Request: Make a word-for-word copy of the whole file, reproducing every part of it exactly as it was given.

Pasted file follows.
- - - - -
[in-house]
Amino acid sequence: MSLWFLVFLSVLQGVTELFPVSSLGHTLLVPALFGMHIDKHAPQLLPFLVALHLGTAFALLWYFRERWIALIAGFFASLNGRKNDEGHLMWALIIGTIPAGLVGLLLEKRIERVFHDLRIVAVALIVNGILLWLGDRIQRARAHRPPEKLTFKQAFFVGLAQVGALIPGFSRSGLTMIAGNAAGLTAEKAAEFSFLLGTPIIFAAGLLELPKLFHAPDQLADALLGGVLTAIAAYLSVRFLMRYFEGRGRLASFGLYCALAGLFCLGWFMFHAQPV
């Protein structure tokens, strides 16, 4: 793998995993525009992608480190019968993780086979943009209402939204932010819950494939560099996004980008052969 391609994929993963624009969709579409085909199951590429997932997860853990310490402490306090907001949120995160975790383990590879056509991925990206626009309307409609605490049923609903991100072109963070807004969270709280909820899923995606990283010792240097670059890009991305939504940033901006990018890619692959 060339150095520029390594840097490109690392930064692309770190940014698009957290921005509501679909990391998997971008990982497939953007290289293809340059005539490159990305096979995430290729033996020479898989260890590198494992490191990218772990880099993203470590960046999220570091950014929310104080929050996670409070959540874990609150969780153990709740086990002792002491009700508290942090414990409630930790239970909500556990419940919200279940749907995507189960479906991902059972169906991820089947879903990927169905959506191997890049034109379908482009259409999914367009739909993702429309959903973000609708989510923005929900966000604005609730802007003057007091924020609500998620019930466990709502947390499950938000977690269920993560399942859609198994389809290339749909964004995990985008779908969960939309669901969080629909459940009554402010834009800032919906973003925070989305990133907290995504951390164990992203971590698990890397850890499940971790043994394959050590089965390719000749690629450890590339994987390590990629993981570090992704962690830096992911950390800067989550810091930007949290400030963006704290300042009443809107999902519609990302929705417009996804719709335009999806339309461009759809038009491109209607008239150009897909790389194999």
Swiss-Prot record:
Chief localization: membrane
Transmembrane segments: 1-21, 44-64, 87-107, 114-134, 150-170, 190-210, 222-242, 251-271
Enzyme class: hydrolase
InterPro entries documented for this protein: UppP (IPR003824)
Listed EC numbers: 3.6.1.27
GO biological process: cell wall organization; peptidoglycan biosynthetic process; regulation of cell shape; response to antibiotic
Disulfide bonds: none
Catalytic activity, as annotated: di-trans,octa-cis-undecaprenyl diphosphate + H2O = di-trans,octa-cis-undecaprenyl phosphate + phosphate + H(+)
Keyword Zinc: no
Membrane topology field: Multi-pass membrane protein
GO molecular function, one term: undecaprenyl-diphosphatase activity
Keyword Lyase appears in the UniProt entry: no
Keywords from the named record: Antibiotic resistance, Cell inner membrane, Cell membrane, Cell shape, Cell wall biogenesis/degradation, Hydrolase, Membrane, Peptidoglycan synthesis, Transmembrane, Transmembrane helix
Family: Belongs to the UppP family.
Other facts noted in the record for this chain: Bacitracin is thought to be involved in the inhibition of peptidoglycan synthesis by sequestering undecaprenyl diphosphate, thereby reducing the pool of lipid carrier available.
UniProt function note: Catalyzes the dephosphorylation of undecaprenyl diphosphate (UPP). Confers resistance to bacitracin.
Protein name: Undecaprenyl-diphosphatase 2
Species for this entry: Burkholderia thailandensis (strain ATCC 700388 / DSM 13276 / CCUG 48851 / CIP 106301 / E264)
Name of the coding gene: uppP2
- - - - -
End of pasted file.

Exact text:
[in-house]
Amino acid sequence: MSLWFLVFLSVLQGVTELFPVSSLGHTLLVPALFGMHIDKHAPQLLPFLVALHLGTAFALLWYFRERWIALIAGFFASLNGRKNDEGHLMWALIIGTIPAGLVGLLLEKRIERVFHDLRIVAVALIVNGILLWLGDRIQRARAHRPPEKLTFKQAFFVGLAQVGALIPGFSRSGLTMIAGNAAGLTAEKAAEFSFLLGTPIIFAAGLLELPKLFHAPDQLADALLGGVLTAIAAYLSVRFLMRYFEGRGRLASFGLYCALAGLFCLGWFMFHAQPV
């Protein structure tokens, strides 16, 4: 793998995993525009992608480190019968993780086979943009209402939204932010819950494939560099996004980008052969 391609994929993963624009969709579409085909199951590429997932997860853990310490402490306090907001949120995160975790383990590879056509991925990206626009309307409609605490049923609903991100072109963070807004969270709280909820899923995606990283010792240097670059890009991305939504940033901006990018890619692959 060339150095520029390594840097490109690392930064692309770190940014698009957290921005509501679909990391998997971008990982497939953007290289293809340059005539490159990305096979995430290729033996020479898989260890590198494992490191990218772990880099993203470590960046999220570091950014929310104080929050996670409070959540874990609150969780153990709740086990002792002491009700508290942090414990409630930790239970909500556990419940919200279940749907995507189960479906991902059972169906991820089947879903990927169905959506191997890049034109379908482009259409999914367009739909993702429309959903973000609708989510923005929900966000604005609730802007003057007091924020609500998620019930466990709502947390499950938000977690269920993560399942859609198994389809290339749909964004995990985008779908969960939309669901969080629909459940009554402010834009800032919906973003925070989305990133907290995504951390164990992203971590698990890397850890499940971790043994394959050590089965390719000749690629450890590339994987390590990629993981570090992704962690830096992911950390800067989550810091930007949290400030963006704290300042009443809107999902519609990302929705417009996804719709335009999806339309461009759809038009491109209607008239150009897909790389194999």
Swiss-Prot record:
Chief localization: membrane
Transmembrane segments: 1-21, 44-64, 87-107, 114-134, 150-170, 190-210, 222-242, 251-271
Enzyme class: hydrolase
InterPro entries documented for this protein: UppP (IPR003824)
Listed EC numbers: 3.6.1.27
GO biological process: cell wall organization; peptidoglycan biosynthetic process; regulation of cell shape; response to antibiotic
Disulfide bonds: none
Catalytic activity, as annotated: di-trans,octa-cis-undecaprenyl diphosphate + H2O = di-trans,octa-cis-undecaprenyl phosphate + phosphate + H(+)
Keyword Zinc: no
Membrane topology field: Multi-pass membrane protein
GO molecular function, one term: undecaprenyl-diphosphatase activity
Keyword Lyase appears in the UniProt entry: no
Keywords from the named record: Antibiotic resistance, Cell inner membrane, Cell membrane, Cell shape, Cell wall biogenesis/degradation, Hydrolase, Membrane, Peptidoglycan synthesis, Transmembrane, Transmembrane helix
Family: Belongs to the UppP family.
Other facts noted in the record for this chain: Bacitracin is thought to be involved in the inhibition of peptidoglycan synthesis by sequestering undecaprenyl diphosphate, thereby reducing the pool of lipid carrier available.
UniProt function note: Catalyzes the dephosphorylation of undecaprenyl diphosphate (UPP). Confers resistance to bacitracin.
Protein name: Undecaprenyl-diphosphatase 2
Species for this entry: Burkholderia thailandensis (strain ATCC 700388 / DSM 13276 / CCUG 48851 / CIP 106301 / E264)
Name of the coding gene: uppP2